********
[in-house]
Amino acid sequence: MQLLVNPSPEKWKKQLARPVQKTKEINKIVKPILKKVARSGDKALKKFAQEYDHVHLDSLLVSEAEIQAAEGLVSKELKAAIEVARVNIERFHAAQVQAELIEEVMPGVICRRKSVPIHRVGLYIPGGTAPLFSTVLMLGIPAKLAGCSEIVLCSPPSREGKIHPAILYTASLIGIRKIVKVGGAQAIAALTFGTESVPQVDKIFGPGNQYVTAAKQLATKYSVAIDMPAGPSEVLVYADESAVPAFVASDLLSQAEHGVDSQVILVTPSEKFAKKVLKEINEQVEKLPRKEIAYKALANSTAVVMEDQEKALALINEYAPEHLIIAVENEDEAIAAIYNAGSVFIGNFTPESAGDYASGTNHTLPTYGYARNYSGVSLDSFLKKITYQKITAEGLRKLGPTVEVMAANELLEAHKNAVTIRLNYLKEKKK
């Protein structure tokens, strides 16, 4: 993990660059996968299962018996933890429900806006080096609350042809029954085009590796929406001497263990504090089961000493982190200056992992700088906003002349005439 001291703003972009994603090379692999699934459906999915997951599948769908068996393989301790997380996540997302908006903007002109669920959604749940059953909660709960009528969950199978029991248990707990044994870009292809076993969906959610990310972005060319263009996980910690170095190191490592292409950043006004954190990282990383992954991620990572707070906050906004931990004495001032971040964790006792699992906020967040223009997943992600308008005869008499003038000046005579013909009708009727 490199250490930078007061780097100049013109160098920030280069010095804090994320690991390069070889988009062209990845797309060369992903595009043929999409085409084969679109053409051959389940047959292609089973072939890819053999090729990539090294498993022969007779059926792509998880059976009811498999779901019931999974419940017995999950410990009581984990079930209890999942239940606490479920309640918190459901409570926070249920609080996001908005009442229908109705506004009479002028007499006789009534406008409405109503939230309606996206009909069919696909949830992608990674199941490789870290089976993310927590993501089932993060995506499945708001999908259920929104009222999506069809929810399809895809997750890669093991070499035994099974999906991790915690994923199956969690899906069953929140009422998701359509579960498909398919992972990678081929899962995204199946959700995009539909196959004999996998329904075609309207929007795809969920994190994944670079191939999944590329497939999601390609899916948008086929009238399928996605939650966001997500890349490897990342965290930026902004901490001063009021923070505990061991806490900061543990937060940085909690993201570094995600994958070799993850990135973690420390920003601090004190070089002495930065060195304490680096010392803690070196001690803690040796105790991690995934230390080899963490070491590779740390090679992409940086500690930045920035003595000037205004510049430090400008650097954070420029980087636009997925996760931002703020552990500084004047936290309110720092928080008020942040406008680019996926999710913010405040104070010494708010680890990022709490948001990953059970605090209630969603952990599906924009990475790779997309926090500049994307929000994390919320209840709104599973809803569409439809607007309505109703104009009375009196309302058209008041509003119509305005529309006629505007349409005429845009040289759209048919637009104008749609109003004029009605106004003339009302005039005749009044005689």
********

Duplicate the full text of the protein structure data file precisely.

[in-house]
Amino acid sequence: MQLLVNPSPEKWKKQLARPVQKTKEINKIVKPILKKVARSGDKALKKFAQEYDHVHLDSLLVSEAEIQAAEGLVSKELKAAIEVARVNIERFHAAQVQAELIEEVMPGVICRRKSVPIHRVGLYIPGGTAPLFSTVLMLGIPAKLAGCSEIVLCSPPSREGKIHPAILYTASLIGIRKIVKVGGAQAIAALTFGTESVPQVDKIFGPGNQYVTAAKQLATKYSVAIDMPAGPSEVLVYADESAVPAFVASDLLSQAEHGVDSQVILVTPSEKFAKKVLKEINEQVEKLPRKEIAYKALANSTAVVMEDQEKALALINEYAPEHLIIAVENEDEAIAAIYNAGSVFIGNFTPESAGDYASGTNHTLPTYGYARNYSGVSLDSFLKKITYQKITAEGLRKLGPTVEVMAANELLEAHKNAVTIRLNYLKEKKK
């Protein structure tokens, strides 16, 4: 993990660059996968299962018996933890429900806006080096609350042809029954085009590796929406001497263990504090089961000493982190200056992992700088906003002349005439 001291703003972009994603090379692999699934459906999915997951599948769908068996393989301790997380996540997302908006903007002109669920959604749940059953909660709960009528969950199978029991248990707990044994870009292809076993969906959610990310972005060319263009996980910690170095190191490592292409950043006004954190990282990383992954991620990572707070906050906004931990004495001032971040964790006792699992906020967040223009997943992600308008005869008499003038000046005579013909009708009727 490199250490930078007061780097100049013109160098920030280069010095804090994320690991390069070889988009062209990845797309060369992903595009043929999409085409084969679109053409051959389940047959292609089973072939890819053999090729990539090294498993022969007779059926792509998880059976009811498999779901019931999974419940017995999950410990009581984990079930209890999942239940606490479920309640918190459901409570926070249920609080996001908005009442229908109705506004009479002028007499006789009534406008409405109503939230309606996206009909069919696909949830992608990674199941490789870290089976993310927590993501089932993060995506499945708001999908259920929104009222999506069809929810399809895809997750890669093991070499035994099974999906991790915690994923199956969690899906069953929140009422998701359509579960498909398919992972990678081929899962995204199946959700995009539909196959004999996998329904075609309207929007795809969920994190994944670079191939999944590329497939999601390609899916948008086929009238399928996605939650966001997500890349490897990342965290930026902004901490001063009021923070505990061991806490900061543990937060940085909690993201570094995600994958070799993850990135973690420390920003601090004190070089002495930065060195304490680096010392803690070196001690803690040796105790991690995934230390080899963490070491590779740390090679992409940086500690930045920035003595000037205004510049430090400008650097954070420029980087636009997925996760931002703020552990500084004047936290309110720092928080008020942040406008680019996926999710913010405040104070010494708010680890990022709490948001990953059970605090209630969603952990599906924009990475790779997309926090500049994307929000994390919320209840709104599973809803569409439809607007309505109703104009009375009196309302058209008041509003119509305005529309006629505007349409005429845009040289759209048919637009104008749609109003004029009605106004003339009302005039005749009044005689």